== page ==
Editors Note:


EDITOR'S NOTE: Fresh off a three year managerial stint, your friendly neighborhood lenslinger is back on the street and under heavy deadline. As the numbing effects of his self-imposed containment wear off, vexing reflections and pithy epistles are sure to follow...

Monday, January 24, 2011

On the Down-Low

On the Down-low
For folks who like to brag about that growth on our shoulders, we 'slingers sure do like to set the cameras down. Especially if there's a reflection involved. See, foreground is hardly an afterthought when you look at life through a tube. You seek it out wherever you go, hoping that a little added perspective will keep your viewers at least halfway glued to their screens. As for your screen, it's a one inch square shimmering in the distance, a scratched-up palette that can absorb sorrow and bombast in the very same frame, a humble enough platform that, when pointed in the right direction, can spark a revolution. Or at the very least freak out everybody at the VD clinic. Yes, it's a powerful tool and a heavy one to boot. Is it any mystery we occasionally set the thing down and let the ground choose the next shot? Michael Humphries did and on that hot August day in South Texas, it was probably his wisest course of action. At least he wasn't waxing poetically over a raw sewage spill while dressed in a tie and action-slacks...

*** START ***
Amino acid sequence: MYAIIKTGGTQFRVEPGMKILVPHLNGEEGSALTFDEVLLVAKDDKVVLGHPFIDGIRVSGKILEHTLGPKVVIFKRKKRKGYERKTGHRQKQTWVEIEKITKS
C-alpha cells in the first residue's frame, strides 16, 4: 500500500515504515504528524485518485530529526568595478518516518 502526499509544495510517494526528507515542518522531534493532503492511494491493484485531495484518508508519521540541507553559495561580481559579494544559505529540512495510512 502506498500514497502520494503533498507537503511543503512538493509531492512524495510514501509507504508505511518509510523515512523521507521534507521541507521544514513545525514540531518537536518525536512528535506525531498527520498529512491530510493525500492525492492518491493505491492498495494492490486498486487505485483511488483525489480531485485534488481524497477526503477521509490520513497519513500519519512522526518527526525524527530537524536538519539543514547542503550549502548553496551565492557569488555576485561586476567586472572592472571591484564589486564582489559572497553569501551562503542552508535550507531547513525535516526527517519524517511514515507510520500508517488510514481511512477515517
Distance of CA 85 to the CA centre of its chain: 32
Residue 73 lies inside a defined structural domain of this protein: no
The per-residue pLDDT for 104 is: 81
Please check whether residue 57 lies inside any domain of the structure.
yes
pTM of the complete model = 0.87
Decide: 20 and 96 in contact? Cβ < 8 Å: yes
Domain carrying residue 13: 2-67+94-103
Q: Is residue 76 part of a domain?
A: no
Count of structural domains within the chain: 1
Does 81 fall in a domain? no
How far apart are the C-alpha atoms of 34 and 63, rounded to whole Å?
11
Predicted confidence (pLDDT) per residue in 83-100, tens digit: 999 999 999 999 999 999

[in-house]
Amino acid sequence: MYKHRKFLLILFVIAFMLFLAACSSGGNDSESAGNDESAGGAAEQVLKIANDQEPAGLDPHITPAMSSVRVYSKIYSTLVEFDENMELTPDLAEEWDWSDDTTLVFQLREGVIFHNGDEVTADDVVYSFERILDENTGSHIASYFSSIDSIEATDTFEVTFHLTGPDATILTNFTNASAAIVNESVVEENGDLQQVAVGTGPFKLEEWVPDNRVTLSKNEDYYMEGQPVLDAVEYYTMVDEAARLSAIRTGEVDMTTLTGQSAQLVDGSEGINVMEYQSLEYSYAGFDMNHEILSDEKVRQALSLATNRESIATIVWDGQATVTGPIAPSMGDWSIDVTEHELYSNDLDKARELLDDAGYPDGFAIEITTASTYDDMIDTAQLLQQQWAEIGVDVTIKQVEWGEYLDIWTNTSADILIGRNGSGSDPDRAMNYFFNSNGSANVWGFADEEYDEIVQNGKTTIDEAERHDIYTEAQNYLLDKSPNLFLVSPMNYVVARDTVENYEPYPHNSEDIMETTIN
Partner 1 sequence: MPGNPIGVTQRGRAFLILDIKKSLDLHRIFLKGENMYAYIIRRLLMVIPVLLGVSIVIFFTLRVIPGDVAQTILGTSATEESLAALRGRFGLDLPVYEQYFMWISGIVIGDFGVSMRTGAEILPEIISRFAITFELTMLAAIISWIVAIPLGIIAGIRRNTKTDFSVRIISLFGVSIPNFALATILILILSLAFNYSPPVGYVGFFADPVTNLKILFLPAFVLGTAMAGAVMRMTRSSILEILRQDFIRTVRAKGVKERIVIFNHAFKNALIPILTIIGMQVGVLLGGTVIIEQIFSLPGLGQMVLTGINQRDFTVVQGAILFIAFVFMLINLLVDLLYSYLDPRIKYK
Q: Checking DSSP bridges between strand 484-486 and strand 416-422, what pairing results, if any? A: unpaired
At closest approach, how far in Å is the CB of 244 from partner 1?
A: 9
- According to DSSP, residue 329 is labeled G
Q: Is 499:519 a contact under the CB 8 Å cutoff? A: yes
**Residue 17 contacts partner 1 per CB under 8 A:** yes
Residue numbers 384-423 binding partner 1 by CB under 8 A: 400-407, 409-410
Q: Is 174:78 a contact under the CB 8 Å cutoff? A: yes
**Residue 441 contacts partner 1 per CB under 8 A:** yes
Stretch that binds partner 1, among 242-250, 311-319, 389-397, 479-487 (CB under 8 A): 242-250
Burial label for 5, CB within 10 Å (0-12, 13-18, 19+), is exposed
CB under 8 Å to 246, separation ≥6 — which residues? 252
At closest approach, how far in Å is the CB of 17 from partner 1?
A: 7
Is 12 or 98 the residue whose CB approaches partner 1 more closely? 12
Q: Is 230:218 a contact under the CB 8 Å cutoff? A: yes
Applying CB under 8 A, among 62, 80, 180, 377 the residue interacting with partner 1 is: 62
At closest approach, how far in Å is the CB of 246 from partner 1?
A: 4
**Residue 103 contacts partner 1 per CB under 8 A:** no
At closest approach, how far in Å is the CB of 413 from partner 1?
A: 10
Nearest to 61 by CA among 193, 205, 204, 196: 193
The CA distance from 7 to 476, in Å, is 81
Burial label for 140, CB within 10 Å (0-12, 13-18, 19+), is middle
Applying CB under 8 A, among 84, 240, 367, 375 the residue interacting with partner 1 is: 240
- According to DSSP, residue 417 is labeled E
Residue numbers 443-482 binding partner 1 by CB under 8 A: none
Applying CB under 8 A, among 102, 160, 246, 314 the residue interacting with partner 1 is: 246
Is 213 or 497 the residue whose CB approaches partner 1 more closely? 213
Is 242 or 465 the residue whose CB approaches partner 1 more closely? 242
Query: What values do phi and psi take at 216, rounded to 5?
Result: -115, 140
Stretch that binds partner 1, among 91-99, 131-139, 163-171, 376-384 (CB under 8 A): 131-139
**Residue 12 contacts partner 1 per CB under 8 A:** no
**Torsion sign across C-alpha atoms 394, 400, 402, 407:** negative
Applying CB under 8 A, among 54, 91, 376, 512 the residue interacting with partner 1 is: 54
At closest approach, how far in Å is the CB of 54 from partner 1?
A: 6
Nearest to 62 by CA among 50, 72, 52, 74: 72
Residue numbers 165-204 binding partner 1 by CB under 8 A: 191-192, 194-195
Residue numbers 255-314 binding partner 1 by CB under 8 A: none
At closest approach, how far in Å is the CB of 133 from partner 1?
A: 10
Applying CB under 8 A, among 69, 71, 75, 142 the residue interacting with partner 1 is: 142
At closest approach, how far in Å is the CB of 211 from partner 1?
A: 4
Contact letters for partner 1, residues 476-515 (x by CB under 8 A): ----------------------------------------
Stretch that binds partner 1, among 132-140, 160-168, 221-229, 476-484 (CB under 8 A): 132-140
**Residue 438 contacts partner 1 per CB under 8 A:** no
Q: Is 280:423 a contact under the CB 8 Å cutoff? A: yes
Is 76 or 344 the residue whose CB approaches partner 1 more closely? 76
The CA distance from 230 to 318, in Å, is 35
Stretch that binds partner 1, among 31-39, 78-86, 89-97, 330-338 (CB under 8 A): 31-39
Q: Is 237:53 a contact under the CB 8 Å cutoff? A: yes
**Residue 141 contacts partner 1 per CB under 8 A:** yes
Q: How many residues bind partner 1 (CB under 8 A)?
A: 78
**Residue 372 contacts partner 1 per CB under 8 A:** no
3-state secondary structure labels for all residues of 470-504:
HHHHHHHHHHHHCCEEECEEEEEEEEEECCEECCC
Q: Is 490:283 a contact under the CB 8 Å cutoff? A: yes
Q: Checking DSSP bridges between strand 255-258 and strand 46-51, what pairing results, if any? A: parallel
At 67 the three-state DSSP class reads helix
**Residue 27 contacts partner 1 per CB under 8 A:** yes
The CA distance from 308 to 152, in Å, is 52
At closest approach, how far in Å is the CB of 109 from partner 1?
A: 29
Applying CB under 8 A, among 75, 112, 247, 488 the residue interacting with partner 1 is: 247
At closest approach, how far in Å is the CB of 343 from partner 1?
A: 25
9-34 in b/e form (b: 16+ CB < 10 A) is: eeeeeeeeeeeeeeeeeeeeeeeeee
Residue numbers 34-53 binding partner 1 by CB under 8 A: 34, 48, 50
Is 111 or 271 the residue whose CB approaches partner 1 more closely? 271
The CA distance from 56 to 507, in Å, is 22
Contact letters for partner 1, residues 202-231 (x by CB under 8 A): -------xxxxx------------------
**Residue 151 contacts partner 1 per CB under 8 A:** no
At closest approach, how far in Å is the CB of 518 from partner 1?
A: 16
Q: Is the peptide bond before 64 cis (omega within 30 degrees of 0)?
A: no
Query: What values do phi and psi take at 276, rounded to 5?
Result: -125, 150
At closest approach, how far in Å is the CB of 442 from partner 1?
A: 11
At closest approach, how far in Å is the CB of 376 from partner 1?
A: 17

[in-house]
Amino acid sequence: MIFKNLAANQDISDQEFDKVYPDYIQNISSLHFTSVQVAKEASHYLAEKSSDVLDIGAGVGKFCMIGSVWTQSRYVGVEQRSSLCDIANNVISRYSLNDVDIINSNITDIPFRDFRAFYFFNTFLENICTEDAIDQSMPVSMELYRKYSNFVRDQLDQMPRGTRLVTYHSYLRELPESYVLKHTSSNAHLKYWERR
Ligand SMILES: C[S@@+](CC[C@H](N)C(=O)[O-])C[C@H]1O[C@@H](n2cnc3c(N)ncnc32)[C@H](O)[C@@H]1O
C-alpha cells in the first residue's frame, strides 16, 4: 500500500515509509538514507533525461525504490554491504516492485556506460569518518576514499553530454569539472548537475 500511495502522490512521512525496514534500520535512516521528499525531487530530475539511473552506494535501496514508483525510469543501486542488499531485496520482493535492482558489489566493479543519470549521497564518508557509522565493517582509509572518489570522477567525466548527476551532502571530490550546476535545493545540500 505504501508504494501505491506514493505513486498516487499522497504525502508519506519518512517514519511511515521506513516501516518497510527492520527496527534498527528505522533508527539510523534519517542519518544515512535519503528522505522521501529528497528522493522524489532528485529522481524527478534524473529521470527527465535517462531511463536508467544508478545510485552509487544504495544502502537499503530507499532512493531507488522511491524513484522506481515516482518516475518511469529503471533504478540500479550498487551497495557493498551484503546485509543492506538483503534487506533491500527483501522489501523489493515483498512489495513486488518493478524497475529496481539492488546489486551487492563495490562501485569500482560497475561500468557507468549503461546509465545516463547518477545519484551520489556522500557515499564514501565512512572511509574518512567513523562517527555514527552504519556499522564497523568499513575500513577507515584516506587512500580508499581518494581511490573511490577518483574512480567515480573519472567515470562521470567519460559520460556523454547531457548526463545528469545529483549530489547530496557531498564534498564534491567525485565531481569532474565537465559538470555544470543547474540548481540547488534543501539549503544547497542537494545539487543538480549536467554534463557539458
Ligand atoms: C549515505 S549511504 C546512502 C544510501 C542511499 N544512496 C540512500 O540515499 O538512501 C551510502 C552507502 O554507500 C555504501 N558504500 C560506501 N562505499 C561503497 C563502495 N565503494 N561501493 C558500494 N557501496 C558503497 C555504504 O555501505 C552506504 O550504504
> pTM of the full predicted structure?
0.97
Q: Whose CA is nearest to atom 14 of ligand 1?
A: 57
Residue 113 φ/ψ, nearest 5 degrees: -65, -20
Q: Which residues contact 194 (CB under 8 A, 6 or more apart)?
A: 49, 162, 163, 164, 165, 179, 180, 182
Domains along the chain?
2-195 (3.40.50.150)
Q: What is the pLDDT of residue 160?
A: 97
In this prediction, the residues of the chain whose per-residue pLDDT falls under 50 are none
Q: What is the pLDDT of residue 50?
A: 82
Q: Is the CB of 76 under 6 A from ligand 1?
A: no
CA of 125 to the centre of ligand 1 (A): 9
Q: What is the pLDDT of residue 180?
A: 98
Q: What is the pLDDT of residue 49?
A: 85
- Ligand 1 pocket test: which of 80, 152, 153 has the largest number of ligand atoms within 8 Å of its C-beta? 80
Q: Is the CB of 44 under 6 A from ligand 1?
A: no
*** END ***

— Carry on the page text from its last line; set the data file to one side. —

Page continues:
That would be awkward.

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